One of the last times Led Zeppelin played Chicago Stadium, soul singer Bobby Bland was headlining the Burning Spear nightclub at 55th and State. Mr. Clay was a few miles away at a small West Side social club. After the 1973 Zeppelin gig, Robert Plant led a fleet of six black licorice limousines to the Spear to catch Bland’s late set. Mr. Clay drove his midnight blue Mark IV to the Spear. Mr. Clay and Bland jammed together, accented by the Burning Spear chorus line. Plant was star struck about meeting Mr. Clay. He emulated Mr. Clay’s gospel vamp in numerous covers of Mr. Clay’s 1966 hit “It’s Easier Said Than Done.”
After telling me that story in 1988, Mr. Clay stopped and smiled.
“What is it that makes a man rich?,” he asked.
“You’ve contributed something. Somebody liked something you’ve done.”
Mr. Clay sang the slow blues number “This Time I’m Gone For Good” at Bobby Bland’s 2013 funeral.
After scoring a 1968 rhythm and blues hit with a straight no-chaser cover of Doug Sahm’s “She’s About a Mover” on Cotillion/Atlantic Records, in 1970 Mr. Clay met the late Hi Records producer Willie Mitchell (Al Green, Syl Johnson and O.V. Wright) . Cotillion had dispatched Mr. Clay to Memphis to record “Is It Over”. By 1971 Mr. Clay signed with Hi snd Mr. Mitchell produced most of Mr. Clay’s biggest hits, “Precious, Precious,” “Holding on to a Dying Love” and “Trying To Live My Life Without You.”
In the summer of 1983, Mr. Clay was involved in a near-fatal automobile accident. He suffered nine broken ribs and spent 15 days in the hospital. People told him he would not be able to sing again. “But my whole style changed after the accident,” he told me in 1991. “I was able to do peaks. My earlier records sounded strained.”
Not long after the accident, he was reunited with Mitchell and they recorded 1988 tracks at Mitchell’s Waylo studio in Memphis. In an interview later that year, Mitchell said, “Otis is singing better than he did 10 years ago. He’s mellowed with the times. See, Otis sings songs. Gospel songs, country songs, rock n’ roll. I just set up the mike and let him go.”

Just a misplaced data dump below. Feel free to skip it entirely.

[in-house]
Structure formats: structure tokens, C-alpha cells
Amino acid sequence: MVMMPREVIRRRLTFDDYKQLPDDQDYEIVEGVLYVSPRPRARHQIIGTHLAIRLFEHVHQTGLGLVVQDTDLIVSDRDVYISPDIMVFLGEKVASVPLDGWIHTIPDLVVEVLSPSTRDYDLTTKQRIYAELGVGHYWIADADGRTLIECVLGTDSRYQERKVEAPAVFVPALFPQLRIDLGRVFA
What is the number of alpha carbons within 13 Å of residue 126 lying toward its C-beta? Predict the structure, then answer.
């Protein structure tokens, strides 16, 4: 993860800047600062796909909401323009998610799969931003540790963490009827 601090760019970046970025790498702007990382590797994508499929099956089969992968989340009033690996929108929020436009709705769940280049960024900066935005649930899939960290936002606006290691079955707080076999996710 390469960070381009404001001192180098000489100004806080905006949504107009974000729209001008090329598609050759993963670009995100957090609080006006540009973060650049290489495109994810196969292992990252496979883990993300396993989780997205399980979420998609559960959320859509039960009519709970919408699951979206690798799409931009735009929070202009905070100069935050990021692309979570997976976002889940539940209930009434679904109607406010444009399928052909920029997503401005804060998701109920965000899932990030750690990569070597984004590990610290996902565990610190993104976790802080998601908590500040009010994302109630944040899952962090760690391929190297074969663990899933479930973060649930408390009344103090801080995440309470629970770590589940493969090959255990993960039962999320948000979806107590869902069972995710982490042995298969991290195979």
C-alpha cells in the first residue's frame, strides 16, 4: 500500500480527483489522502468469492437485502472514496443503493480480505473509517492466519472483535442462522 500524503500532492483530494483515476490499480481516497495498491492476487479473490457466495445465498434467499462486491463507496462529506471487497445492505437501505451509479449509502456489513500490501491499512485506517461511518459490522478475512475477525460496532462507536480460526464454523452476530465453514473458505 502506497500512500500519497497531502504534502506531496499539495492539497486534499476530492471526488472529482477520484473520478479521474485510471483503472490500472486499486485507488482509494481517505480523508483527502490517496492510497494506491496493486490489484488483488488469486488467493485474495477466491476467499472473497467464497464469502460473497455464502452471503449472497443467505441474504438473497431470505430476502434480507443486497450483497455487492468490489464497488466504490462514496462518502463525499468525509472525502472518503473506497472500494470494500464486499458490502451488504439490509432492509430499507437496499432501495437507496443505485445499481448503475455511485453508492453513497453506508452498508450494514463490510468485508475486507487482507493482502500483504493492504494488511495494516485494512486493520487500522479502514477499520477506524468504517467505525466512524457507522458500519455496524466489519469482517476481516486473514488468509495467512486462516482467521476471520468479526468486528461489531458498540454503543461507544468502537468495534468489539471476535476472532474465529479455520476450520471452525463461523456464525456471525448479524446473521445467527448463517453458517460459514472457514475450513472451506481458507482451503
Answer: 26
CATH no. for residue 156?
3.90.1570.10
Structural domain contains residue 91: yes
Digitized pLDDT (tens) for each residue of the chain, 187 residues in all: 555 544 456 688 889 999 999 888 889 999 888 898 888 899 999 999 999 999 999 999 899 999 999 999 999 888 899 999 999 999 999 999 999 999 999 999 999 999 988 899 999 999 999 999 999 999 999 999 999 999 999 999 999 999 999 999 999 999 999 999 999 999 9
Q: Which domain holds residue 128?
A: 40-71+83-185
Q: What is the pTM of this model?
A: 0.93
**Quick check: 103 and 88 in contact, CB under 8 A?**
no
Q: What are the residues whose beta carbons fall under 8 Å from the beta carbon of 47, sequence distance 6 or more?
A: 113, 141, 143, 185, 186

In 1991 Mr. Clay went to Memphis to record the underrated “I’ll Treat You Right” album for Bullseye Blues Records that featured the Hi Rhythm Section and the Memphis Horns (Andrew Love, Wayne Jackson). The album is a stunning mix of secular and gospel music, including Johnnie Taylor’s “Love Bones” and a searing version of the Salem Travelers “Children Gone Astray.”
Mr. Clay’s deep soul was not lost on Chicago blues guitarist Dave Specter, who featured Mr. Clay on three tracks from his 2014 “Message in Blue” project for Delmark Records, including “This Time I’m Gone For Good.” They also locked in with a spine-tingling cover of the 1965 Wilson Pickett hit “I Found a Love.”
“Otis had such a giving spirit,” Specter said on Saturday. “He was such a sweet, humble guy. Patient. (Specter’s voice broke.) He had this deep intensity on stage that gave you goose bumps and made you cry. Then, when you talked to him, it was like talking to a family member. I was going through a bad breakup of a relationship when I was recording with him. I leaned on him for help sometimes. And he was there for me.”
So, what is it that makes a man rich?
The answer is not found in ambition and glory. It is not found under the lure of a spotlight. It is about knowing who you are, a life tethered into meaning. Mr. Clay lived that life well. He was a true soul and a true friend.
And soul is a guiding star that never dies.
And every winter I think of the abundant outdoor flower stands in rainy Seattle, San Francisco and New York City that illuminate the day and your thoughts.
The older I get, the more I appreciate flowers. For the last couple years of her life I would bring my Mom a small bouquet of fresh flowers for my weekly Sunday visit.
That made my Dad happy. As a middle-aged man he planted dozens of roses in our backyard.
Since my parents passed away this spring between the blossoms of promise, I’m compelled to pay something forward.
I started thinking about this a couple weeks ago while walking around Santiago, Chile. I visited diverse neighborhoods where people were happy and peaceful. Yes, it was summer but I sensed a more pure and passionate happy than I’ve seen in recent Chicago summers.
Flowers were everywhere–except at the Colo-Colo soccer game attended. They slowed people down. Flowers lived between the romantic lines of a Pablo Neruda poem. I was inspired and wondered what would happen if, when I returned to Chicago, I would just order flowers to give to someone once week. Sometimes for a reason, other times for no reason at all.
But if I started offering flowers to strangers in Chicago I’d probably be tagged with a restraining order. Let’s see what happens.
I’ve always noticed the weekly fresh flowers behind the bar at The Matchbox, 770 N. Milwaukee Ave. The tiny bar is my neighborhood Chicago tavern. The flowers have been delivered every Thursday afternoon since I’ve been going there, which is about 15 years now. I called Matchbox manager Colleen Bush to find out the history of the flowers.
Colleen will always have a place in my heart because she shares her Dec. 10 birthday with my Mom. She also loves to tell the story about my parents devotion, the one where they drove their car together at the end of their lives. Mom had macular degeneration so Dad provided the eyes. Dad had a bum knee, so Mom took the pedal and brake.